To Cook or Not to Cook? Inside the Kitchen With Culinary Student Sophia Greenia

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Andrew Zaleski>Senior>English>Loyola University Maryland
An all-clad sauté pan and a Wusthof knife. That’s what Sophia Greenia received for her 16th birthday. No car, no big “Super Sweet 16” party. Just a pan and a knife.



For Greenia, cooking utensils made the ideal Sweet 16 gift: fast-forward a couple years, and the Syracuse, New York, native was enrolling at the Providence, Rhode Island, campus of Johnson and Wales culinary school, now armed with a full knife kit.
“It stays in my car,” says Greenia. “I bring it home with me. Basically, it goes everywhere I go—it’s like a second purse.”
Greenia started cooking at 13 when her mom went back to working part time. Knowing her daughter’s developing love for cooking—and that she came home a full two hours earlier than the rest of the family (which includes an older brother in addition to Greenia’s parents), Greenia’s mother offered Sophia the chance to start cooking dinner for the whole family.
“I started experimenting, [started] watching the Food Network,” says Greenia. “I loved it. I basically told my mom I’ll do all the cooking from now on, and I just took over the kitchen when I was 13.”
As her passion for all things food grew during her time in high school, Greenia knew she wanted to work in culinary arts.
At Johnson and Wales, Greenia first received an associate’s degree in culinary arts before pursuing a bachelor’s in the same field. There, the courses are divided among trimesters, which are, in turn, divided into five different cooking labs. Each of these labs runs in succession to each other, lasting for nine days a piece. From 7 a.m. until 1 p.m., students cook. Some days they sit through an hour- or two-hour-long lecture. But the bulk of their time is spent learning to cook: how to break down a chicken; how to make certain sauces and stocks; how to cook traditional European dishes.
“You learn basic recipes, and you figure out what flavors go well together,” says Greenia. “You really do train your tongue to pick out sweet, sour, savory, bitter flavors . . . it’s just something you develop. When I was a freshman, I tried basic combinations. And now I’ve just developed into thinking of crazy things that would go good together. And sometimes it works, and sometimes it doesn’t—it’s all about experimenting and experience.”
And that kitchen experimentation and experience has provided advantageous to Greenia outside of her cooking classes; it’s a skill that has allowed to her to compete in and win a number of cooking competitions, including the 2008 Heinz Ketchup Recipe Challenge for her pomegranate blue-cheese-spiked barbecue sauce.
“I was jumping around my apartment,” says Greenia, who found out the results in June 2008. “I won 1,500 dollars cash. And I was going to be in a Heinz ketchup ad in Plate magazine. I was just so excited.”
But being an aspiring chef is more than just days filled with cooking and winning money in recipe contests (money that Greenia used to pay her rent). Key components of both the associate’s and bachelor’s degrees at Johnson and Wales are the completion of several co-op or internship experiences.
The summer after her freshman year, Greenia found herself in Walt Disney World, working as a line cook at the Kona Café.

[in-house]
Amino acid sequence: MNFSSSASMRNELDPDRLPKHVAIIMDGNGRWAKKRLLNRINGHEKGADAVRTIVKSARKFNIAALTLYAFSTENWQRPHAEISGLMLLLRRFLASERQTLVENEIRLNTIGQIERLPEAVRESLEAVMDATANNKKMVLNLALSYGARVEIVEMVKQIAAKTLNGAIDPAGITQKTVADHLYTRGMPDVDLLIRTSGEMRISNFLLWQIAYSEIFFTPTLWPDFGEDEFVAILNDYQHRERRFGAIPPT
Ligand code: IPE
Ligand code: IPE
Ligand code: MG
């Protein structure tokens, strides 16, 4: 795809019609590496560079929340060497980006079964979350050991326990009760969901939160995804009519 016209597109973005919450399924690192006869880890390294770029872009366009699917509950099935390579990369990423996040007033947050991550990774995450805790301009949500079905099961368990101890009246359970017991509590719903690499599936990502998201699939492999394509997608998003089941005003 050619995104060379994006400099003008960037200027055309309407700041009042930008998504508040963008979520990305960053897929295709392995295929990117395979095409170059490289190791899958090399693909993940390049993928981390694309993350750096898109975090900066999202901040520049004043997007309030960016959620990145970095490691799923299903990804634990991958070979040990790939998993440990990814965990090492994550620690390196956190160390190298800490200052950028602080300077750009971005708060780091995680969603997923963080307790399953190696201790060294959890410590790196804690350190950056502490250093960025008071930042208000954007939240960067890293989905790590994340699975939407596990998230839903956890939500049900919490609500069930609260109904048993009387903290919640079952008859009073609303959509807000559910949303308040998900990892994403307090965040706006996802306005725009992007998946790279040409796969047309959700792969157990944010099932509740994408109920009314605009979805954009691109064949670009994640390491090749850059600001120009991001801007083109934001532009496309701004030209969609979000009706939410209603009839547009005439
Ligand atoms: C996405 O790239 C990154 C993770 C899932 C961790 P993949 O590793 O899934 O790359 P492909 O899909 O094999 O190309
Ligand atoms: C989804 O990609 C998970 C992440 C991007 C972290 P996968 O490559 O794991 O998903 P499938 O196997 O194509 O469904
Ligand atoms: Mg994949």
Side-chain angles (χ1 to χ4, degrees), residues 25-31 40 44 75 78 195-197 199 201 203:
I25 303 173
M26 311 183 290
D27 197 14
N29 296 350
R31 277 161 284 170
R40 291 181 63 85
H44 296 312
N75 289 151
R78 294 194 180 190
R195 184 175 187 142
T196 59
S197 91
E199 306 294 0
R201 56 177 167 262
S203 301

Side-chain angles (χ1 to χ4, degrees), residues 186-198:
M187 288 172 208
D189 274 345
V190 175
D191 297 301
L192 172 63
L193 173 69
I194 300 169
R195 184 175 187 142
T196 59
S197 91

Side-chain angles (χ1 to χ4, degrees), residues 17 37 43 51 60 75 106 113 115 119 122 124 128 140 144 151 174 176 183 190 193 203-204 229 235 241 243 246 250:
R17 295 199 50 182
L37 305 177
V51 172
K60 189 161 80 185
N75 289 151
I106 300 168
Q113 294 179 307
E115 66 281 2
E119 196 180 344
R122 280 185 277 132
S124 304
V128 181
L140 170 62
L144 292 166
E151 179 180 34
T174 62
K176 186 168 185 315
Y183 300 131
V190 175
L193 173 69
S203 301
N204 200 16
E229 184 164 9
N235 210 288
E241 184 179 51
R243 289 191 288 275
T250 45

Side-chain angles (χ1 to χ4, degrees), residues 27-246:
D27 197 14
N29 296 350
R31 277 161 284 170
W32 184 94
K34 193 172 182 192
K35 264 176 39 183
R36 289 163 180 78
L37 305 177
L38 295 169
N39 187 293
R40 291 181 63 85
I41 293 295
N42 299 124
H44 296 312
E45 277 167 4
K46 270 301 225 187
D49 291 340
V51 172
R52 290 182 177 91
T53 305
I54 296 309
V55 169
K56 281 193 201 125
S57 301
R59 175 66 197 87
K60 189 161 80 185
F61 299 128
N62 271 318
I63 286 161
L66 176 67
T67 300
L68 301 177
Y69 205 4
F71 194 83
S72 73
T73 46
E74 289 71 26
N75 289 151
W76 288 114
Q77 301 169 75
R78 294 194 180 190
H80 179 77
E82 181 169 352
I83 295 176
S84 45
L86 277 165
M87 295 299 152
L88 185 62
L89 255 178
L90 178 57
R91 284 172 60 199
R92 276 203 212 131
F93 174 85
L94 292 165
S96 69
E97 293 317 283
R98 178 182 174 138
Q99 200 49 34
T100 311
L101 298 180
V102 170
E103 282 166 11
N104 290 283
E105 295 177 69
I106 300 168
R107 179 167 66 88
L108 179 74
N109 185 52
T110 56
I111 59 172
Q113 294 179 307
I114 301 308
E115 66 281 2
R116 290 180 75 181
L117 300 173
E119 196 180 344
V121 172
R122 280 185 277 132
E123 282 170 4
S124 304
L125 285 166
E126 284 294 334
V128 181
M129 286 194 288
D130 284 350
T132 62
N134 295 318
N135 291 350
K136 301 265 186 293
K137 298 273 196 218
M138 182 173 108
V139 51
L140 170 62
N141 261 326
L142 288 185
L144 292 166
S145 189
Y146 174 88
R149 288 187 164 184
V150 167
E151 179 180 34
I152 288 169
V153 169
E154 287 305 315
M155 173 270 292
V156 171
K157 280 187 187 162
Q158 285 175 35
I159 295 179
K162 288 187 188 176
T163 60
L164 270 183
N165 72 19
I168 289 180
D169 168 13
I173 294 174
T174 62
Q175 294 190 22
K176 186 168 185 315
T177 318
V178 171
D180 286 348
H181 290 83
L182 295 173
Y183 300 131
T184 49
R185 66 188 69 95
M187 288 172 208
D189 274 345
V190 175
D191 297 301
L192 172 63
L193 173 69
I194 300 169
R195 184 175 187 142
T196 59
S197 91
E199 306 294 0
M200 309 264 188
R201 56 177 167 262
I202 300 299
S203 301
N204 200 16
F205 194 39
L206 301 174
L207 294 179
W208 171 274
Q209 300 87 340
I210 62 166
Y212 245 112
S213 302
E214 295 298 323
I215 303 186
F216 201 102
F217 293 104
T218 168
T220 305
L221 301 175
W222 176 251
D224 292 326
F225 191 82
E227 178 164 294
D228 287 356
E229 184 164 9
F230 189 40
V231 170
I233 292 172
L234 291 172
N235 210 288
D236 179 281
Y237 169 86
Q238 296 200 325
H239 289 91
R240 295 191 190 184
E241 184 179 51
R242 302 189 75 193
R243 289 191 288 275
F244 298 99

“It was my first time ever working in a real kitchen. I was terrified,” says Greenia. “I was working 70 hours a week. And you have to create some recipes and have the chef taste it and critique it. It was pretty intense.”
But after about two weeks, Greenia was in love with the job.
“They [Kona Café] taught me so much. They really knew how to train you as a new employee, especially with someone who didn’t have any experience.”
It was training Greenia was thankful for receiving. Working 12-hour shifts, serving roughly 500 people every night, meant that Greenia had to become an expert at cooking with speed and precision, even when events in the kitchen don’t always pan out for the best.
“Sometimes your oven breaks in the middle of service. And then two people have to share one oven. And sometimes the dishwasher goes down, and if you’re not cooking, you’re back washing dishes. Crazy stuff happens all the time that the dining room just doesn’t know about,” says Greenia.
Greenia returned to Orlando during the summer of 2008 to complete another internship at Walt Disney World’s Narcoossee’s Restaurant, which was also the year she received the Emeril Lagasse Endowed Scholarship (Emeril was a 1978 graduate of Johnson and Wales). In late summer 2009, Greenia traveled to Singapore and Thailand for a month to study Asian cuisine. And since April 2009, Greenia has worked as a line cook at The Waterman Grille in Providence.
Now a Johnson and Wales graduate, Greenia is optimistic for where her cooking career might take her. Right now, she’s content being a line cook. But in five years, she envisions herself in some sort of management position, either in a restaurant or in a resort.
“[Cooking] has taught me a lot of responsibility,” says Greenia. “I mean, I had to wake up at 5:30 every day and go to class [for] six hours straight.
“But I love what I do. I laugh all the time. I get to eat great food. I don’t know who else gets to go and cook and eat and taste delicious treats all the time, but that’s definitely an awesome perk to it. I’m just going to continue working in restaurants and see what happens.”



College Magazine Staff

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